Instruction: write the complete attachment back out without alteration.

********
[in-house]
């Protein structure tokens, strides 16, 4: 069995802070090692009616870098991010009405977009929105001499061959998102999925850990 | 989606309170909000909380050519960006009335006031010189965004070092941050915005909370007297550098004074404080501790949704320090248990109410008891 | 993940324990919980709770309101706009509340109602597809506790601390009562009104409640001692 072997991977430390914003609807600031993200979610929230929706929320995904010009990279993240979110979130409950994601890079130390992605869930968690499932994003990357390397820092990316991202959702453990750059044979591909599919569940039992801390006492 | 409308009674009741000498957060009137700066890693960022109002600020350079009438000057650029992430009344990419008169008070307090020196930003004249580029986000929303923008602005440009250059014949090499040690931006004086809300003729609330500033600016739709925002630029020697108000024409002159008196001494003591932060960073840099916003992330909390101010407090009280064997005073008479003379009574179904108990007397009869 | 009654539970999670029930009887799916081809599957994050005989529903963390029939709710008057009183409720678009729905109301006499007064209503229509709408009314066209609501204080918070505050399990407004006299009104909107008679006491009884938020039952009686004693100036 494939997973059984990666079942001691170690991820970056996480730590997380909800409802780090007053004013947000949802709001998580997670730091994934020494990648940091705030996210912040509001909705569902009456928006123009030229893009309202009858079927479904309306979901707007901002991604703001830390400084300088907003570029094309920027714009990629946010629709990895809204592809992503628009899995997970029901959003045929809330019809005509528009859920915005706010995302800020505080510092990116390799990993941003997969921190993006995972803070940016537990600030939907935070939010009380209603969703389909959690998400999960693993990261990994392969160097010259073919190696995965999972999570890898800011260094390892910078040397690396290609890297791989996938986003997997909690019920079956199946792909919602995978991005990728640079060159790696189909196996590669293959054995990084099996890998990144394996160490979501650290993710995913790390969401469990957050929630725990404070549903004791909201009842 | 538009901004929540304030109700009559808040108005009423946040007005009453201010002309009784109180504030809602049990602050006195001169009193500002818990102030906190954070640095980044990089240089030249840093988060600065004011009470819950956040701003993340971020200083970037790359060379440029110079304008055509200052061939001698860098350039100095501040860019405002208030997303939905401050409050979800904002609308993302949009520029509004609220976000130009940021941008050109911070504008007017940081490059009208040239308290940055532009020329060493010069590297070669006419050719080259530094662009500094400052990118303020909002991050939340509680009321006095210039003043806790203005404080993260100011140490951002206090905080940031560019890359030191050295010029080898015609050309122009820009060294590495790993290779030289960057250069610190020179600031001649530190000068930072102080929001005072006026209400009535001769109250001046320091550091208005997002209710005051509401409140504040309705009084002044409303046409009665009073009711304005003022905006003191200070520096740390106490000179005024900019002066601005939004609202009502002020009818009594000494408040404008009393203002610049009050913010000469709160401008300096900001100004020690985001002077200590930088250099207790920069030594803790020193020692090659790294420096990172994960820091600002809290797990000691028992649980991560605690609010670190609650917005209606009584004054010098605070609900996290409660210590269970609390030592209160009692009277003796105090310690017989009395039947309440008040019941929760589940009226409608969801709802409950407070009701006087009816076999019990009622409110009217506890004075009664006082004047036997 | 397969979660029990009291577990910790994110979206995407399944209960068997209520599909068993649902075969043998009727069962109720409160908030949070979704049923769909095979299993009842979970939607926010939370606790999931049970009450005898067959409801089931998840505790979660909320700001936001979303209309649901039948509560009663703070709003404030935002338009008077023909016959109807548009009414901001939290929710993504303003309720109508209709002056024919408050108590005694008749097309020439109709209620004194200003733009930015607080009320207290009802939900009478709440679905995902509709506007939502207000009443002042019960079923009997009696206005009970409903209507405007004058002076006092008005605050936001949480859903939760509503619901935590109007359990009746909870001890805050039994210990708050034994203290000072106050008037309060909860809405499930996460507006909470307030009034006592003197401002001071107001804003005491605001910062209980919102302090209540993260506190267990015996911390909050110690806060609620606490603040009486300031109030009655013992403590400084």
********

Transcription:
[in-house]
């Protein structure tokens, strides 16, 4: 069995802070090692009616870098991010009405977009929105001499061959998102999925850990 | 989606309170909000909380050519960006009335006031010189965004070092941050915005909370007297550098004074404080501790949704320090248990109410008891 | 993940324990919980709770309101706009509340109602597809506790601390009562009104409640001692 072997991977430390914003609807600031993200979610929230929706929320995904010009990279993240979110979130409950994601890079130390992605869930968690499932994003990357390397820092990316991202959702453990750059044979591909599919569940039992801390006492 | 409308009674009741000498957060009137700066890693960022109002600020350079009438000057650029992430009344990419008169008070307090020196930003004249580029986000929303923008602005440009250059014949090499040690931006004086809300003729609330500033600016739709925002630029020697108000024409002159008196001494003591932060960073840099916003992330909390101010407090009280064997005073008479003379009574179904108990007397009869 | 009654539970999670029930009887799916081809599957994050005989529903963390029939709710008057009183409720678009729905109301006499007064209503229509709408009314066209609501204080918070505050399990407004006299009104909107008679006491009884938020039952009686004693100036 494939997973059984990666079942001691170690991820970056996480730590997380909800409802780090007053004013947000949802709001998580997670730091994934020494990648940091705030996210912040509001909705569902009456928006123009030229893009309202009858079927479904309306979901707007901002991604703001830390400084300088907003570029094309920027714009990629946010629709990895809204592809992503628009899995997970029901959003045929809330019809005509528009859920915005706010995302800020505080510092990116390799990993941003997969921190993006995972803070940016537990600030939907935070939010009380209603969703389909959690998400999960693993990261990994392969160097010259073919190696995965999972999570890898800011260094390892910078040397690396290609890297791989996938986003997997909690019920079956199946792909919602995978991005990728640079060159790696189909196996590669293959054995990084099996890998990144394996160490979501650290993710995913790390969401469990957050929630725990404070549903004791909201009842 | 538009901004929540304030109700009559808040108005009423946040007005009453201010002309009784109180504030809602049990602050006195001169009193500002818990102030906190954070640095980044990089240089030249840093988060600065004011009470819950956040701003993340971020200083970037790359060379440029110079304008055509200052061939001698860098350039100095501040860019405002208030997303939905401050409050979800904002609308993302949009520029509004609220976000130009940021941008050109911070504008007017940081490059009208040239308290940055532009020329060493010069590297070669006419050719080259530094662009500094400052990118303020909002991050939340509680009321006095210039003043806790203005404080993260100011140490951002206090905080940031560019890359030191050295010029080898015609050309122009820009060294590495790993290779030289960057250069610190020179600031001649530190000068930072102080929001005072006026209400009535001769109250001046320091550091208005997002209710005051509401409140504040309705009084002044409303046409009665009073009711304005003022905006003191200070520096740390106490000179005024900019002066601005939004609202009502002020009818009594000494408040404008009393203002610049009050913010000469709160401008300096900001100004020690985001002077200590930088250099207790920069030594803790020193020692090659790294420096990172994960820091600002809290797990000691028992649980991560605690609010670190609650917005209606009584004054010098605070609900996290409660210590269970609390030592209160009692009277003796105090310690017989009395039947309440008040019941929760589940009226409608969801709802409950407070009701006087009816076999019990009622409110009217506890004075009664006082004047036997 | 397969979660029990009291577990910790994110979206995407399944209960068997209520599909068993649902075969043998009727069962109720409160908030949070979704049923769909095979299993009842979970939607926010939370606790999931049970009450005898067959409801089931998840505790979660909320700001936001979303209309649901039948509560009663703070709003404030935002338009008077023909016959109807548009009414901001939290929710993504303003309720109508209709002056024919408050108590005694008749097309020439109709209620004194200003733009930015607080009320207290009802939900009478709440679905995902509709506007939502207000009443002042019960079923009997009696206005009970409903209507405007004058002076006092008005605050936001949480859903939760509503619901935590109007359990009746909870001890805050039994210990708050034994203290000072106050008037309060909860809405499930996460507006909470307030009034006592003197401002001071107001804003005491605001910062209980919102302090209540993260506190267990015996911390909050110690806060609620606490603040009486300031109030009655013992403590400084």